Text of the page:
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Afaria Manages AAL’s Field Laptops

Mobile management solution saves cash, maximizes network investment and solves business continuity problem.

For a fraternal organization working to provide insurance products to more than 1.8 million members, it makes sense to enable dedicated agents to maximize time with members through a robust mobile solution.

Aid Association for Lutherans (AAL, Appleton, WI) equipped its 1,850 agents with IBM (Armonk, NY) ThinkPad 600E laptops and moved to electronic forms in 1998. Those innovations were further supported internally by the implementation of a virtual private network (VPN) the following year. Externally, the organization used a DOS-based messaging system run by a third party in order to move business-critical information to and from its field representatives.

Single Point of Failure

The messaging solution worked, but AAL's IT organization was aware it carried a certain vulnerability. "We recognized that we had one point for failure," says Al Vetting, project manager. "Ninety percent of our applications come in to AAL electronically, so if we were to lose that provider we would have been out of business or would have had to revert to our paper application process."

The previous implementation of the VPN gave AAL the added incentive of eliminating what amounted to redundancy, according to Vetting. "In reality we had two networks," he says. "Wewanted to maximize our VPN investment and felt we could put a lot more traffic on it."

In search of a centralized mobile management solution, AAL invited a variety of vendors to submit RFPs. After narrowing the field, two or three candidates were asked to demonstrate their capabilities at AAL. "We asked them to come and do a test drive, installing their software on our test servers to see how it functioned in our environment," Vetting relates. The trial winner was Atlanta, Georgia-based XcelleNet's Afaria browser-based mobile device management solution. "Our primary criterion was the file transfer capabilities, more than systems management functionality," Vetting says.

Acceptance of the Afaria solution in June 2000 was followed by a "road map" exercise to acquaint XcelleNet's staff with AAL's business functions. "We have about 29 different information sources that we move to field representatives or they send to the home office," Vetting explains. By year's end, AAL had Afaria working with a limited subset of those sources and installed on all of its field reps' laptops, says Vetting.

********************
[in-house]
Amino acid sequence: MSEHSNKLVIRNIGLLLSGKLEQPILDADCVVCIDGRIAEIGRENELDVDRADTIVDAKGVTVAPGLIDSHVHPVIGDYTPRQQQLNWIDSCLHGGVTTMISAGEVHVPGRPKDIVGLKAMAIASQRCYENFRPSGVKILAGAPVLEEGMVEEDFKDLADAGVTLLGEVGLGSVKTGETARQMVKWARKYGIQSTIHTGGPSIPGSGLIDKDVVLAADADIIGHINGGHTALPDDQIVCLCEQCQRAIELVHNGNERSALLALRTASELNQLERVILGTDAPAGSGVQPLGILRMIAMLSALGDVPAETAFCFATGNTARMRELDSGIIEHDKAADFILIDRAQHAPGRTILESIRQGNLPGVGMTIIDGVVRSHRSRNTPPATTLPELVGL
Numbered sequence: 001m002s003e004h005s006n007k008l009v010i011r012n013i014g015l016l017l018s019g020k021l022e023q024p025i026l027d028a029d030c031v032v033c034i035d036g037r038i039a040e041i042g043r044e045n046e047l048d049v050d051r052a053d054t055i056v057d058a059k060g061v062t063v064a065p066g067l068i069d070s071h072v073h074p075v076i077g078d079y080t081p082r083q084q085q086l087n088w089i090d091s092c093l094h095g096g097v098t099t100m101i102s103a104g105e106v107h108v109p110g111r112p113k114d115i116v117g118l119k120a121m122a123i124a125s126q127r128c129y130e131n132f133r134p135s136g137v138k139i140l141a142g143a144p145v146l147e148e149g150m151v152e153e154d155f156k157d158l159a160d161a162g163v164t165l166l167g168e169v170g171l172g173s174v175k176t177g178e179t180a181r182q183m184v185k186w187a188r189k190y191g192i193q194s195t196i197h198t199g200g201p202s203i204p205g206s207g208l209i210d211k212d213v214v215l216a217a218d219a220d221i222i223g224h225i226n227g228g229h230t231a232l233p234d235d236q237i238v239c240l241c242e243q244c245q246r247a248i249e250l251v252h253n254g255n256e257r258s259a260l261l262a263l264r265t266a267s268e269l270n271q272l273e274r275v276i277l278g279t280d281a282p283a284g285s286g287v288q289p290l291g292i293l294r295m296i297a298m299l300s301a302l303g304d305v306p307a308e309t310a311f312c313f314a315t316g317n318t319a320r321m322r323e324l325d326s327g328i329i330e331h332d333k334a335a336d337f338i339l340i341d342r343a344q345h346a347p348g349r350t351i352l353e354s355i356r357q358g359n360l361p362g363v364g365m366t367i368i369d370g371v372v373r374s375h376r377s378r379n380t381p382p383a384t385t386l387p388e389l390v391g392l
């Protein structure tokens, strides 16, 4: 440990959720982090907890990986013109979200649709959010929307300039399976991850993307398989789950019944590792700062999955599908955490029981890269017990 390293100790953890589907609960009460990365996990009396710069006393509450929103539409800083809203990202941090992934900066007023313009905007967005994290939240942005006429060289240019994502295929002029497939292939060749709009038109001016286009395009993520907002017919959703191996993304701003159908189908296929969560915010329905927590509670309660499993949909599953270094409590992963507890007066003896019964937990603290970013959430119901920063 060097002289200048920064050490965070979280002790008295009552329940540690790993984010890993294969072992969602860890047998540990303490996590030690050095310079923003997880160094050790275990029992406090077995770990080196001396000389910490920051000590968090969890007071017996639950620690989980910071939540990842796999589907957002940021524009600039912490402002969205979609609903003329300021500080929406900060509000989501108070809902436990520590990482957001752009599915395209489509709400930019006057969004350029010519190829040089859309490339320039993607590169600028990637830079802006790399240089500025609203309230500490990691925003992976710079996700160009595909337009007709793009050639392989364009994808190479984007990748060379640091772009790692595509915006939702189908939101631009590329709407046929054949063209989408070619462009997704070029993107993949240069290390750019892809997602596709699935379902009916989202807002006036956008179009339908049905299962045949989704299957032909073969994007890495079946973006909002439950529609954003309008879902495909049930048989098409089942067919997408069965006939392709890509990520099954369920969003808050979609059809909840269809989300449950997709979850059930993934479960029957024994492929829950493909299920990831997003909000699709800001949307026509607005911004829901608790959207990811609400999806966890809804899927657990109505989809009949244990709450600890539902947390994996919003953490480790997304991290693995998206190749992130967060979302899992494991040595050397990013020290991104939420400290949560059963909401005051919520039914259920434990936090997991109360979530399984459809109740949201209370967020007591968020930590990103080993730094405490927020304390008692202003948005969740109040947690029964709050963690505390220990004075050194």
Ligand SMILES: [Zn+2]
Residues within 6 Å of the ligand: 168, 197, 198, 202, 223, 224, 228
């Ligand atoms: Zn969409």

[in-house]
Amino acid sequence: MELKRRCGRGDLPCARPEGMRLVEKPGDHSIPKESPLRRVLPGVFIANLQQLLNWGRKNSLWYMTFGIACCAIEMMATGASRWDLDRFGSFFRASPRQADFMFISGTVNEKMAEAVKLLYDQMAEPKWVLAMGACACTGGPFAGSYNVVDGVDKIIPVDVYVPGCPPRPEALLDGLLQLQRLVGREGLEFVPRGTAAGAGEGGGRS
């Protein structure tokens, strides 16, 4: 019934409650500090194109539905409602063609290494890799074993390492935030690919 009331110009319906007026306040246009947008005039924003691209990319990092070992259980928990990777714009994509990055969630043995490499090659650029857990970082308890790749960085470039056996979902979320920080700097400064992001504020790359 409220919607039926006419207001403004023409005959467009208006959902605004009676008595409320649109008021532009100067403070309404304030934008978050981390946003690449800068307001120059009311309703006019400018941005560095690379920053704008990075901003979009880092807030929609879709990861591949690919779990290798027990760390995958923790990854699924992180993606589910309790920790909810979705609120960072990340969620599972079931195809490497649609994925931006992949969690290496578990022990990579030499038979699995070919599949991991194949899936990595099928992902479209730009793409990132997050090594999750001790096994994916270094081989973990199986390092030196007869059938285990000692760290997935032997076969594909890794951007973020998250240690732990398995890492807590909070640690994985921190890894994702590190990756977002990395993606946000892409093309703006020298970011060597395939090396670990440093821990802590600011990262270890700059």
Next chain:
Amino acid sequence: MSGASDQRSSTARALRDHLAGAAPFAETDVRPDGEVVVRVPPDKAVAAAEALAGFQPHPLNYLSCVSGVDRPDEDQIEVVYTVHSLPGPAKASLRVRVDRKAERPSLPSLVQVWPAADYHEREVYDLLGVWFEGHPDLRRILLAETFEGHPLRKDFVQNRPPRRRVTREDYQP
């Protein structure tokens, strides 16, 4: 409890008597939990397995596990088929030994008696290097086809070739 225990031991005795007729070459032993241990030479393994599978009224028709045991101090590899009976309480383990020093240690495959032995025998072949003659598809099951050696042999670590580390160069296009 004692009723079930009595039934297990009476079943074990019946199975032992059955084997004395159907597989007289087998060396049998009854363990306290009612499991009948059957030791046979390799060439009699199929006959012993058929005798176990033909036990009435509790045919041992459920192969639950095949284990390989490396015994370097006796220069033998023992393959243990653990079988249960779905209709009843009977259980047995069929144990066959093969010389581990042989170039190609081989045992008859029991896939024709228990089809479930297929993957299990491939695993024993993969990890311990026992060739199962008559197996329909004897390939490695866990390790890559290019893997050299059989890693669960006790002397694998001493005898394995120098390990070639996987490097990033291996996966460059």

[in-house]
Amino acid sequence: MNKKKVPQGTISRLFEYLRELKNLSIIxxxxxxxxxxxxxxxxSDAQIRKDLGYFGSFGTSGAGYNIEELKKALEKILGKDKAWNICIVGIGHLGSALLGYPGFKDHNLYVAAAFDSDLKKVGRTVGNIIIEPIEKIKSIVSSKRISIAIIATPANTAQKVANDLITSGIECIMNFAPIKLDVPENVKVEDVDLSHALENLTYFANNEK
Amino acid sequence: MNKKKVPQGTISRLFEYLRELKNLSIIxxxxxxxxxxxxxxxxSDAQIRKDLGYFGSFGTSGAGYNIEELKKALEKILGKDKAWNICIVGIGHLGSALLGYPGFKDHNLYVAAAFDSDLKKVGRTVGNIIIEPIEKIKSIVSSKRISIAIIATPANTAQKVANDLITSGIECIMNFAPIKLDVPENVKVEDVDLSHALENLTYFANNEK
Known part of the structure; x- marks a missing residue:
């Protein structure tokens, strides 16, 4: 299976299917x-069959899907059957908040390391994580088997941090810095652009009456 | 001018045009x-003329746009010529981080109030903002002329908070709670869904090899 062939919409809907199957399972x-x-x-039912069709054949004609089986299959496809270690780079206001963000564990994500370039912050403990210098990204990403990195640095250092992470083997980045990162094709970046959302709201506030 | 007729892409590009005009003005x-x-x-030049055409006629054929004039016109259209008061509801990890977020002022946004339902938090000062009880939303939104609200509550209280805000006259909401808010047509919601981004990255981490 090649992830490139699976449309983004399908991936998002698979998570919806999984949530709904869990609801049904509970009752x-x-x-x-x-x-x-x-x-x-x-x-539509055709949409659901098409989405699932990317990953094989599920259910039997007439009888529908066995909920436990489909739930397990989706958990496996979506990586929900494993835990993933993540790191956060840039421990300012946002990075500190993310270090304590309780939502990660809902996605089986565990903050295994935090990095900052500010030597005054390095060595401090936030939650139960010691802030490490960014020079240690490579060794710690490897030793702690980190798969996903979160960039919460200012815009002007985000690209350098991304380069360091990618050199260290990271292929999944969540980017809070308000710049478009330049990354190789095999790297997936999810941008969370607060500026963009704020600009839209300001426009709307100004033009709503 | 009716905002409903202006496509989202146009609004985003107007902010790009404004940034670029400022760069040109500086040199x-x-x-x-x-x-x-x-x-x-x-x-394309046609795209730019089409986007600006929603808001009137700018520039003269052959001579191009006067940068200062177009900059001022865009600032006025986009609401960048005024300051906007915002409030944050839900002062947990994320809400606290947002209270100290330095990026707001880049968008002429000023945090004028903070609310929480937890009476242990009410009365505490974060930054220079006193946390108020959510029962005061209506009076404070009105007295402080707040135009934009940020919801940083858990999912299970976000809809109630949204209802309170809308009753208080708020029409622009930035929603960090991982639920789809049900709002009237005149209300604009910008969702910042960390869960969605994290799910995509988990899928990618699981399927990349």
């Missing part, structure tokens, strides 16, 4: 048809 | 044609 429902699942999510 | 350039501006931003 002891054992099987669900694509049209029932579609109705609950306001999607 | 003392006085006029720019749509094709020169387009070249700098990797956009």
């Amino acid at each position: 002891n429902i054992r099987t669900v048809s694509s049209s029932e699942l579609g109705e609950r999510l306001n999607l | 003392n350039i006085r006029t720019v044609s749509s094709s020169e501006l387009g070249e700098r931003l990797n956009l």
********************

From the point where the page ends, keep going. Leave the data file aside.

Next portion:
Afaria runs whenever an agent connects to the VPN, usually by a dial-up modem, which triggers Afaria to start in "silent mode." The home office then pushes out information such as policy values, rates, updated electronic forms and customer data, and pulls in information, such as completed electronic applications, supply orders and updated customer information, from the agent's laptop.

"A nice thing about Afaria is that it remembers the drop-off point if a transmission is lost," Vetting says. "And if the agent says, 'OK, I'm done with the Internet,' Afaria will remember where the transmission stopped and will later pick it up where it left off."

Afaria also probes to see what a particular agent has or has not received, enabling AAL to "send down only the pages that need to be sent down to that individual," Vetting says. "So someone who connects every day would have very few pages to send down on a daily update," compared to someone who logged on only once a week. By June 2001 all AAL's messaging was running over the VPN, backed up by proprietary servers with disaster recovery back-up. The old DOS-based network was completely dismantled, saving AAL about $750,000 a year, says Vetting.

Systems Management Benefits

Having sought the solution for its file transfer capabilities, Vetting says, "in the future we're going to really look at leveraging the systems management functions." But significant savings have already been achieved in that area. In the past, all software updates were distributed through costly mailings of CDs or diskettes. "We know that if we use Afaria and avoid sending out a CD or other release, we will save—at a minimum—mailing costs and duplication fees of about $30,000 a clip."


Case Study Closeup

COMPANY: Aid Association for Lutherans (AAL), Appleton, WI, $31.5 billion in assets.

LINES OF BUSINESS: Life, health, long-term care, disability, annuities and mutual funds.

VENDOR/TECHNOLOGY: XcelleNet's (Atlanta, Georgia) Afaria mobile management solution.

THE CHALLENGE: Leverage VPN for field-force communications.

Anthony O'Donnell has covered technology in the insurance industry since 2000, when he joined the editorial staff of Insurance & Technology. As an editor and reporter for I&T and the InformationWeek Financial Services of TechWeb he has written on all areas of information ... View Full Bio

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